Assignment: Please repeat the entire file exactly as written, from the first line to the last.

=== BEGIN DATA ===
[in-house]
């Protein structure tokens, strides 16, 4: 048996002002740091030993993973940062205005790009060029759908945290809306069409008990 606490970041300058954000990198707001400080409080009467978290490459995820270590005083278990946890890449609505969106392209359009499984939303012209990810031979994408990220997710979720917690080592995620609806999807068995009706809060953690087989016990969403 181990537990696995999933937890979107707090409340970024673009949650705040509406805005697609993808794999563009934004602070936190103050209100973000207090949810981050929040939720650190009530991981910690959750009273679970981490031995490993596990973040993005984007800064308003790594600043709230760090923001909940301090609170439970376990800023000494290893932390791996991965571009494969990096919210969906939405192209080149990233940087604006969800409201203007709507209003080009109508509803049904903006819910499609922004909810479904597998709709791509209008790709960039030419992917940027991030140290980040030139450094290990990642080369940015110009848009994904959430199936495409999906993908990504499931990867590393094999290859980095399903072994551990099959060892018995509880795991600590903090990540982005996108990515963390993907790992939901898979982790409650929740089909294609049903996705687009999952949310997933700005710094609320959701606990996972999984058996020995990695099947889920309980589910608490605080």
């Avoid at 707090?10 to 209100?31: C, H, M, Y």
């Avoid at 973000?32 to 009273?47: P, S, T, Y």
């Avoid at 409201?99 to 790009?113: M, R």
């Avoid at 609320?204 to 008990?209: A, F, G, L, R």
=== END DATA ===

[in-house]
């Protein structure tokens, strides 16, 4: 048996002002740091030993993973940062205005790009060029759908945290809306069409008990 606490970041300058954000990198707001400080409080009467978290490459995820270590005083278990946890890449609505969106392209359009499984939303012209990810031979994408990220997710979720917690080592995620609806999807068995009706809060953690087989016990969403 181990537990696995999933937890979107707090409340970024673009949650705040509406805005697609993808794999563009934004602070936190103050209100973000207090949810981050929040939720650190009530991981910690959750009273679970981490031995490993596990973040993005984007800064308003790594600043709230760090923001909940301090609170439970376990800023000494290893932390791996991965571009494969990096919210969906939405192209080149990233940087604006969800409201203007709507209003080009109508509803049904903006819910499609922004909810479904597998709709791509209008790709960039030419992917940027991030140290980040030139450094290990990642080369940015110009848009994904959430199936495409999906993908990504499931990867590393094999290859980095399903072994551990099959060892018995509880795991600590903090990540982005996108990515963390993907790992939901898979982790409650929740089909294609049903996705687009999952949310997933700005710094609320959701606990996972999984058996020995990695099947889920309980589910608490605080």
């Avoid at 707090?10 to 209100?31: C, H, M, Y």
């Avoid at 973000?32 to 009273?47: P, S, T, Y």
């Avoid at 409201?99 to 790009?113: M, R």
């Avoid at 609320?204 to 008990?209: A, F, G, L, R």